The Scrum guide clearly depicts the meetings that all Scrum teams must hold and when. But there is no guide of mandatory meetings for Kanban. Kanban teams do what makes sense for their respective team. And no two teams need to be exactly alike. Since Kanban is about reducing waste, it is important to note that unnecessary meetings are a huge waste. Moreover, painful meetings can affect the morale of the team.
On the other hand, meetings that provide value to the team are important. But they should be performed at the times and with the intent most valuable to the team. Here is a quick reference to what meetings in Scrum will never happen on a Kanban team and which will likely be replaced with something else.
|Scrum teams typically do||Kanban teams typically replace with|
|Sprint Planning||No meeting (no sprints, typically no sizing)|
|Daily meeting and periodic planning meetings if necessary|
|Daily Scrum||Daily meeting|
|Retrospectives||Team interactions meetings|
|Kanban Metrics meetings|
|Sprint Review||Periodic demo’s if not frequently deploying or if necessary in order to get product feedback from stakeholders|
|Product Backlog Refinement||TBD|
no sprint planning meetings
Sprint Planning meetings occur at the beginning of every sprint on a Scrum team in order to forecast what items the team will complete during the next 2 weeks. Since there are no timeboxed sprints in Kanban, this meeting obviously goes away. This saves a lot of time on Kanban teams as Scrum teams will often spend half a day every 2 weeks forecasting and planning their upcoming work. This is not to say that there is no planning on a Kanban team. Some teams will do very little planning while others may need more discussion. Often, planning discussions can typically happen briefly during the Kanban team’s daily meeting. But if a team requires more detailed planning then periodic planning meetings will occur with a frequency and duration based on the needs of the team.
The daily scrum is often replaced with a daily meeting in Kanban. These meetings may appear to be identical on the onset. However, a scrum team’s daily meeting often turns into rote status with all team members discussing what they worked on. Kanban teams focus on flow of the visual board and address things like bottlenecks.
team interactions meetings
Retrospectives often still periodically occur on Kanban teams. However, retrospectives are always backwards looking reflecting on how the team has been doing and what changes are important going forward. While this is important, it is equally if not more important for teams to focus on establishing good communications and teamwork from the onset of the teams forming. So, calling these meetings team interactions meetings seems more appropriate than retrospectives and holding them from the start of teams forming is absolutely critical. The frequency of holding these meetings is based on the needs and maturity of the team. Details of team interactions meetings can be found on my other blog, https://kanbanmentor.com/team-interactions-meetings/.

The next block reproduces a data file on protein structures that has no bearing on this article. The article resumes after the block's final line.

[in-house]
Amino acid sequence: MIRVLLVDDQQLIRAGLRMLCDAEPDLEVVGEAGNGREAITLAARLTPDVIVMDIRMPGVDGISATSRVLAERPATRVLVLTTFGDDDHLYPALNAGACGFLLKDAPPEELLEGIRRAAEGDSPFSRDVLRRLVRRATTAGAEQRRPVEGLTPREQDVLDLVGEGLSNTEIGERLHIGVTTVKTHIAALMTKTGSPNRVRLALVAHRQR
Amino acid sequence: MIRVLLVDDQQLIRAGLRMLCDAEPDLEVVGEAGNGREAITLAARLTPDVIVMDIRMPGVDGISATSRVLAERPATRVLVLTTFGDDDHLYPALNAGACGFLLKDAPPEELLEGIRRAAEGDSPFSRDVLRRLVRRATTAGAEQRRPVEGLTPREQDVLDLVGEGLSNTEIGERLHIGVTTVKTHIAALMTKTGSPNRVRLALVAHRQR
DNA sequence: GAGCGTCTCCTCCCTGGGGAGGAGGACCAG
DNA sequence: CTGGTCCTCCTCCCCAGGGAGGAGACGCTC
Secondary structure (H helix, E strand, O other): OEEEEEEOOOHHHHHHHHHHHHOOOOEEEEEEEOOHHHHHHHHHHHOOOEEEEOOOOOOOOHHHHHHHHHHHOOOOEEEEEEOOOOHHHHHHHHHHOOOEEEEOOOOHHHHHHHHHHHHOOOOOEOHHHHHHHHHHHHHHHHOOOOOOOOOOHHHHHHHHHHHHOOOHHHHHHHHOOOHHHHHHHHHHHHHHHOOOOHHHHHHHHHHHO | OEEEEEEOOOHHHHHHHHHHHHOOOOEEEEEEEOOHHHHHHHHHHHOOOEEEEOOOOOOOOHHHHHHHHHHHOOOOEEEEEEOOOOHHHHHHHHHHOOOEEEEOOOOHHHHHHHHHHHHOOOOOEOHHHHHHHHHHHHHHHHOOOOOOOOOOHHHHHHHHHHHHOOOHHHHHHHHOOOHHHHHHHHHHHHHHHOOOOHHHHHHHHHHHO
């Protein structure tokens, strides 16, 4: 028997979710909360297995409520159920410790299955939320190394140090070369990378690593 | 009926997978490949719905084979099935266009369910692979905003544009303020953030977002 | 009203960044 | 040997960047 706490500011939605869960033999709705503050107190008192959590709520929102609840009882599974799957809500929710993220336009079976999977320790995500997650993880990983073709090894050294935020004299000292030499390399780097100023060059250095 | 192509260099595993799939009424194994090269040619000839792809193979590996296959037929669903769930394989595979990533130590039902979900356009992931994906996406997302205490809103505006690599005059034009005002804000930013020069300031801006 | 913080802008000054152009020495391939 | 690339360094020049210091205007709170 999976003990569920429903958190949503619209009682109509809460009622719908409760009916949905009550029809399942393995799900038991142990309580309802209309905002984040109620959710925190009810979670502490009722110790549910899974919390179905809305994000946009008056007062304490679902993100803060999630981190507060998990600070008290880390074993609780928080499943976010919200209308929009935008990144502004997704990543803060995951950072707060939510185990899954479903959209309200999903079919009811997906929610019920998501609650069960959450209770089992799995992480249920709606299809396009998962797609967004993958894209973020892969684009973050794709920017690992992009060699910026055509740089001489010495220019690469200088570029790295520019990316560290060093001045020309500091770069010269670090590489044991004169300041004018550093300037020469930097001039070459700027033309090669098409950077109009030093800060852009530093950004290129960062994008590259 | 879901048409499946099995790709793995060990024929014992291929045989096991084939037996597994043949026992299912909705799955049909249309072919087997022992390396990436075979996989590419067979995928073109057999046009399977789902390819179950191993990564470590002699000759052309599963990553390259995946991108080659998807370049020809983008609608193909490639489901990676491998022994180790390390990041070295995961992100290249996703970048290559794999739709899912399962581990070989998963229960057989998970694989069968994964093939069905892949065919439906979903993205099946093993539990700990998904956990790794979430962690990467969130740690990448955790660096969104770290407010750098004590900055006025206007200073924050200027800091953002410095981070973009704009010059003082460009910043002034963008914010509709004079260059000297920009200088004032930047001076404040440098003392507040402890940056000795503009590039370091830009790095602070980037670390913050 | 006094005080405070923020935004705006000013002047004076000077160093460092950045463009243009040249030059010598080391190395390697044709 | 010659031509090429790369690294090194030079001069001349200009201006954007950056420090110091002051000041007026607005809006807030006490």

Kanban metrics meetings
Periodic Kanban metrics meetings should be held by the team to look at and discuss trends surrounding metrics such as throughput and cycle times. During these meetings, the team can discuss how to optimize and improve. Often times, these discussions are happening as a natural occurrence during the daily meeting. So, once again, the frequency and duration of these meetings will depend on the team. This is also the subject of a future blog.
no sprint reviews
The sprint review on a scrum team does not happen on Kanban teams. This again saves lots of time. Having said that, if the team is not frequently deploying and if the team is not already getting continuous feedback from their stakeholders in other ways, then a periodic demo in order to obtain this feedback may be necessary.
product backlog refinement
Product backlog refinement is again a topic that likely requires its own blog and is extremely dependent on the team. Some Kanban teams contain a role similar to Scrum teams known as the Product Owner. This is a person responsible for what the team works on and prioritization. Essentially this person maintains the To Do column on the Kanban board. Other teams may hold periodic team meetings to discuss requirements as a team creating their own To Do column. Moreover, some teams will keep requirements extremely terse while others may write more formalized user stories with associated acceptance criteria. Teams that create user stories may also create larger user stories (or Epics) which need to periodically be refined. Since there is such a wide range of options, the Product Backlog Refinement meeting may not happen at all on some Kanban teams or they may be replaced by something else on others. This is hugely dependent on how the team operates.
do what makes sense for your team
The bottom line is to only hold meetings that are absolutely necessary and deemed valuable by the team. It is important to note that the need for meetings may and likely will change over time. For example, a team may hold periodic team interaction meetings every 2 weeks in the beginning but as the team matures, the team may decide that once per quarter serves their needs. Meetings should always be on the radar of a team’s relentless pursuit of removing waste.